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kicker

[kik-er] /ˈkɪk ər/
noun
1.
a person or thing that kicks.
2.
Informal.
  1. a disadvantageous point or circumstance, usually concealed or unnoticed:
    The tickets are free, but the kicker is that you have to wait in line for hours to get them.
  2. a surprising change or turn of events:
    The kicker was that their friends knew it before they did.
3.
something extra, as an additional cost or gain; an added expense or financial incentive.
4.
Draw Poker. a card, usually an ace or face card, held with a pair or three of a kind in the hope of drawing a matching card.
5.
(in concrete construction) a low plinth at the base of a column.
6.
kickers, Slang. shoes, especially leisure shoes.
7.
Nautical.
  1. a small, low-powered outboard motor.
  2. an auxiliary engine on a sailing vessel, river steamer, etc.
8.
Slang. the alcoholic liquor in a mixed drink.
9.
Also called eyebrow, highline, overline, teaser. Printing, Journalism. a short line of copy set in a distinctive type above a headline and intended to call attention to it.
10.
Metallurgy. a charge of high-carbon iron that produces a vigorous boil when charged into an open-hearth furnace containing slag and molten metal of lower carbon content.
11.
Also called kicker light. Photography. a light source coming from the back and side of a subject and producing a highlight.
Origin of kicker
1565-1575
First recorded in 1565-75; kick + -er1
Dictionary.com Unabridged
Based on the Random House Dictionary, © Random House, Inc. 2017.
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Examples from the Web for kicker
Contemporary Examples
Historical Examples
  • But here's the kicker: even though no one else can get in, you can't get out!

    Suite Mentale Gordon Randall Garrett
  • "No, I'll go out after that kicker," he said, ashamed of his slovenly work.

    Blue-Bird Weather

    Robert W. Chambers
  • It was a kicker, like the ostrich; in fight it did not use its beak, but its foot.

    Following the Equator, Complete Mark Twain (Samuel Clemens)
  • Was the Marigold a real yacht, or just a row-boat with a kicker behind?

  • He hated the one twin for kicking him, and the other one for being the kicker's brother.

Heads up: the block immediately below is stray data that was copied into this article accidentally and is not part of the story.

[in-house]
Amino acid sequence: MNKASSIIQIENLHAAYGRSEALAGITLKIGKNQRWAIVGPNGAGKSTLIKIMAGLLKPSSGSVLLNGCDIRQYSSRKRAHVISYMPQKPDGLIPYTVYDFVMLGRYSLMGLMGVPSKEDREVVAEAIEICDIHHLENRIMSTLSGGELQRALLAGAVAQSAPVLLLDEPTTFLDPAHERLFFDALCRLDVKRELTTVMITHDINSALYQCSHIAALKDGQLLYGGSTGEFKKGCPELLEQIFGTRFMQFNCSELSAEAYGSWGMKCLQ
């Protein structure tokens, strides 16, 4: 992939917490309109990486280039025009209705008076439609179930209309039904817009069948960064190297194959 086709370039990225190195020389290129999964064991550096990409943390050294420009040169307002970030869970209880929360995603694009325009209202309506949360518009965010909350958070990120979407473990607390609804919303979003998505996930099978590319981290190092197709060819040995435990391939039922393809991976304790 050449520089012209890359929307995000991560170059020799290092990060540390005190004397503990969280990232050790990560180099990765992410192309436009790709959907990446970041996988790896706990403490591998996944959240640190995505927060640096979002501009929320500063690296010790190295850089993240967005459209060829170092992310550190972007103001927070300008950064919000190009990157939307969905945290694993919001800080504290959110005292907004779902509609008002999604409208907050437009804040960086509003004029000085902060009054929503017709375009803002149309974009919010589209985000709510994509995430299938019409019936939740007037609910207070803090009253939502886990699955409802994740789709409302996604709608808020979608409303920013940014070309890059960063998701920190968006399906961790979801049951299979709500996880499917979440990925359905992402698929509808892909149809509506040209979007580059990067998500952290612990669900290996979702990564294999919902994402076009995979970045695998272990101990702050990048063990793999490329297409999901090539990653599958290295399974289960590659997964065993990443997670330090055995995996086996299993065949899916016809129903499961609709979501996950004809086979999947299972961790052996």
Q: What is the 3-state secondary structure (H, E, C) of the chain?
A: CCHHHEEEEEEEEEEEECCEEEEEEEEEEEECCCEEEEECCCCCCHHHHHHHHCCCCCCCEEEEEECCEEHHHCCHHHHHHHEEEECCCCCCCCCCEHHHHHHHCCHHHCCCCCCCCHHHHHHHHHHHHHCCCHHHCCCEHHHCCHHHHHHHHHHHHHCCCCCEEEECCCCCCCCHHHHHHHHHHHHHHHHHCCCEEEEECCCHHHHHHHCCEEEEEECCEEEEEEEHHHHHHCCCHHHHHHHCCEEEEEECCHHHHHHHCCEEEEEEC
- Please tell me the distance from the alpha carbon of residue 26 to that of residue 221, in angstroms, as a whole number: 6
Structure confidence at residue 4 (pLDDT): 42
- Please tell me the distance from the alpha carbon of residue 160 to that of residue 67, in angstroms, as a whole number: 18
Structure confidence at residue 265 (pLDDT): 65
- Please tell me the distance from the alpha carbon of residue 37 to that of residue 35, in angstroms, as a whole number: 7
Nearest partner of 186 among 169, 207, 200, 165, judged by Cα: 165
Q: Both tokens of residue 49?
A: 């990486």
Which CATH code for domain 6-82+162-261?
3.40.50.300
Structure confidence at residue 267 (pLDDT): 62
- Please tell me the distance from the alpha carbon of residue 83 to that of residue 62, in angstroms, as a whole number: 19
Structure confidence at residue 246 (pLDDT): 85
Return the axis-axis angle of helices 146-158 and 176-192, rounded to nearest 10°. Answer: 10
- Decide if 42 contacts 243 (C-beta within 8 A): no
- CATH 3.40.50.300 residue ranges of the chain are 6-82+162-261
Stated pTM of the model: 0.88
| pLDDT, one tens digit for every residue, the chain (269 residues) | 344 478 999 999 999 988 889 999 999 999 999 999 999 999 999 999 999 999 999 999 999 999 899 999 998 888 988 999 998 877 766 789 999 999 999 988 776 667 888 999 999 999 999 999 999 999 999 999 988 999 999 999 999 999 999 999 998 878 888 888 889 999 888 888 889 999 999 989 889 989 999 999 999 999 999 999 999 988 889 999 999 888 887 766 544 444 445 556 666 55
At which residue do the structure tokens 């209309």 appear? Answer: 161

The Tragedy of Pudd'nhead Wilson Mark Twain (Samuel Clemens)
British Dictionary definitions for kicker

kicker

/ˈkɪkə/
noun
1.
a person or thing that kicks
2.
(sport) a player in a rugby or occasionally a soccer team whose task is to attempt to kick conversions, penalty goals, etc
3.
(US & Canadian, slang) a hidden and disadvantageous factor, such as a clause in a contract
4.
(informal) any light outboard motor for propelling a boat
5.
(poker) the highest unpaired card in a hand, used to decide the outcome of an otherwise tied round
Collins English Dictionary - Complete & Unabridged 2012 Digital Edition
© William Collins Sons & Co. Ltd. 1979, 1986 © HarperCollins
Publishers 1998, 2000, 2003, 2005, 2006, 2007, 2009, 2012
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Word Origin and History for kicker
n.

1570s, agent noun from kick (v.).

Online Etymology Dictionary, © 2010 Douglas Harper
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Slang definitions & phrases for kicker

kicker

noun

  1. A complainer; kvetch (1876+)
  2. A small motor, esp an outboard, used for a boat; eggbeater (1928+)
  3. Anything that gives great pleasure; kick: The kicker was the station wagon (1940s+)
  4. A hidden cost, qualification, defect, etc; catch: The kicker is that if you are subject to this requirement, your homeowner's policy will not cover the injuries/ The kicker to this one is simple (1970s+)

[fourth sense probably fr poker, ''a high card kept, along with a pair, in draw poker,'' found by 1892]

The Dictionary of American Slang, Fourth Edition by Barbara Ann Kipfer, PhD. and Robert L. Chapman, Ph.D.
Copyright (C) 2007 by HarperCollins Publishers.
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16
17
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